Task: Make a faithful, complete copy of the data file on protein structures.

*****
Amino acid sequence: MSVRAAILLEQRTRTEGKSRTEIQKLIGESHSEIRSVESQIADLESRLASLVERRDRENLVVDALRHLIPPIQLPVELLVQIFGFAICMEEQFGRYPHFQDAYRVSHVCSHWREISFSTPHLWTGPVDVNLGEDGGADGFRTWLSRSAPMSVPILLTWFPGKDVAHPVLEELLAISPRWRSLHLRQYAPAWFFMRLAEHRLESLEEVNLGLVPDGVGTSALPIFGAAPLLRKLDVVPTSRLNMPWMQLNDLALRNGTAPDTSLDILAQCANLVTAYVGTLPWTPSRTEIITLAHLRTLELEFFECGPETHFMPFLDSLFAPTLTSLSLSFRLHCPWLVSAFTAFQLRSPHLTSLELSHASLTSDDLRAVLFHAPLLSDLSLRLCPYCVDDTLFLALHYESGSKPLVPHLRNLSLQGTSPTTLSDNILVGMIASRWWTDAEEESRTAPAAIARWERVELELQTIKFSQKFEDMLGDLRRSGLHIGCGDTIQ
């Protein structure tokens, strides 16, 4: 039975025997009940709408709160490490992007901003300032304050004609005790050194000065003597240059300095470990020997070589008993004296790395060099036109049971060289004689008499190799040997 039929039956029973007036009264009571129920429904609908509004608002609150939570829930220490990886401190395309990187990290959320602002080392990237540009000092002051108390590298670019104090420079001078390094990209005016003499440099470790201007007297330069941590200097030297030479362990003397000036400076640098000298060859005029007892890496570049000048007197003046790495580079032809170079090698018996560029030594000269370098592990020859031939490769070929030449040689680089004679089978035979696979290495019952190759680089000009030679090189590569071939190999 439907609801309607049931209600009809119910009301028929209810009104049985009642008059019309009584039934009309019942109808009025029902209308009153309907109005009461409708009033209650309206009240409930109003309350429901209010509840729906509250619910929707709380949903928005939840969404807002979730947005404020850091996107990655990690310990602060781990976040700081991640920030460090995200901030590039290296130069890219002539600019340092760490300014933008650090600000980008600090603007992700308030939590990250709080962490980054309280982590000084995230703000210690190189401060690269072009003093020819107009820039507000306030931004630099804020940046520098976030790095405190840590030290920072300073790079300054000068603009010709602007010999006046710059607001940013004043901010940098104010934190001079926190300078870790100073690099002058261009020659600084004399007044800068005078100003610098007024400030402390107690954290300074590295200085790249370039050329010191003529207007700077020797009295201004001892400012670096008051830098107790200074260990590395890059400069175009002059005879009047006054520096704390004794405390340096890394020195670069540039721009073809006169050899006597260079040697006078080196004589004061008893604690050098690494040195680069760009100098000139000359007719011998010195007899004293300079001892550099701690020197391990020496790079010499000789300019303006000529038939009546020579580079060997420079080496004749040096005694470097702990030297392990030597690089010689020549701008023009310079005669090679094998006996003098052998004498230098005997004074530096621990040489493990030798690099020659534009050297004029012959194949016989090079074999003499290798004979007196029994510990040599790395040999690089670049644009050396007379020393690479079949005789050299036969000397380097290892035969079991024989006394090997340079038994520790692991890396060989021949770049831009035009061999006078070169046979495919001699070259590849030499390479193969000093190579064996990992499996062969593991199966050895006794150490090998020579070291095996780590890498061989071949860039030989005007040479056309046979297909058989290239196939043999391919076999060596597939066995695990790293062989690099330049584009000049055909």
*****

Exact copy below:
Amino acid sequence: MSVRAAILLEQRTRTEGKSRTEIQKLIGESHSEIRSVESQIADLESRLASLVERRDRENLVVDALRHLIPPIQLPVELLVQIFGFAICMEEQFGRYPHFQDAYRVSHVCSHWREISFSTPHLWTGPVDVNLGEDGGADGFRTWLSRSAPMSVPILLTWFPGKDVAHPVLEELLAISPRWRSLHLRQYAPAWFFMRLAEHRLESLEEVNLGLVPDGVGTSALPIFGAAPLLRKLDVVPTSRLNMPWMQLNDLALRNGTAPDTSLDILAQCANLVTAYVGTLPWTPSRTEIITLAHLRTLELEFFECGPETHFMPFLDSLFAPTLTSLSLSFRLHCPWLVSAFTAFQLRSPHLTSLELSHASLTSDDLRAVLFHAPLLSDLSLRLCPYCVDDTLFLALHYESGSKPLVPHLRNLSLQGTSPTTLSDNILVGMIASRWWTDAEEESRTAPAAIARWERVELELQTIKFSQKFEDMLGDLRRSGLHIGCGDTIQ
């Protein structure tokens, strides 16, 4: 039975025997009940709408709160490490992007901003300032304050004609005790050194000065003597240059300095470990020997070589008993004296790395060099036109049971060289004689008499190799040997 039929039956029973007036009264009571129920429904609908509004608002609150939570829930220490990886401190395309990187990290959320602002080392990237540009000092002051108390590298670019104090420079001078390094990209005016003499440099470790201007007297330069941590200097030297030479362990003397000036400076640098000298060859005029007892890496570049000048007197003046790495580079032809170079090698018996560029030594000269370098592990020859031939490769070929030449040689680089004679089978035979696979290495019952190759680089000009030679090189590569071939190999 439907609801309607049931209600009809119910009301028929209810009104049985009642008059019309009584039934009309019942109808009025029902209308009153309907109005009461409708009033209650309206009240409930109003309350429901209010509840729906509250619910929707709380949903928005939840969404807002979730947005404020850091996107990655990690310990602060781990976040700081991640920030460090995200901030590039290296130069890219002539600019340092760490300014933008650090600000980008600090603007992700308030939590990250709080962490980054309280982590000084995230703000210690190189401060690269072009003093020819107009820039507000306030931004630099804020940046520098976030790095405190840590030290920072300073790079300054000068603009010709602007010999006046710059607001940013004043901010940098104010934190001079926190300078870790100073690099002058261009020659600084004399007044800068005078100003610098007024400030402390107690954290300074590295200085790249370039050329010191003529207007700077020797009295201004001892400012670096008051830098107790200074260990590395890059400069175009002059005879009047006054520096704390004794405390340096890394020195670069540039721009073809006169050899006597260079040697006078080196004589004061008893604690050098690494040195680069760009100098000139000359007719011998010195007899004293300079001892550099701690020197391990020496790079010499000789300019303006000529038939009546020579580079060997420079080496004749040096005694470097702990030297392990030597690089010689020549701008023009310079005669090679094998006996003098052998004498230098005997004074530096621990040489493990030798690099020659534009050297004029012959194949016989090079074999003499290798004979007196029994510990040599790395040999690089670049644009050396007379020393690479079949005789050299036969000397380097290892035969079991024989006394090997340079038994520790692991890396060989021949770049831009035009061999006078070169046979495919001699070259590849030499390479193969000093190579064996990992499996062969593991199966050895006794150490090998020579070291095996780590890498061989071949860039030989005007040479056309046979297909058989290239196939043999391919076999060596597939066995695990790293062989690099330049584009000049055909």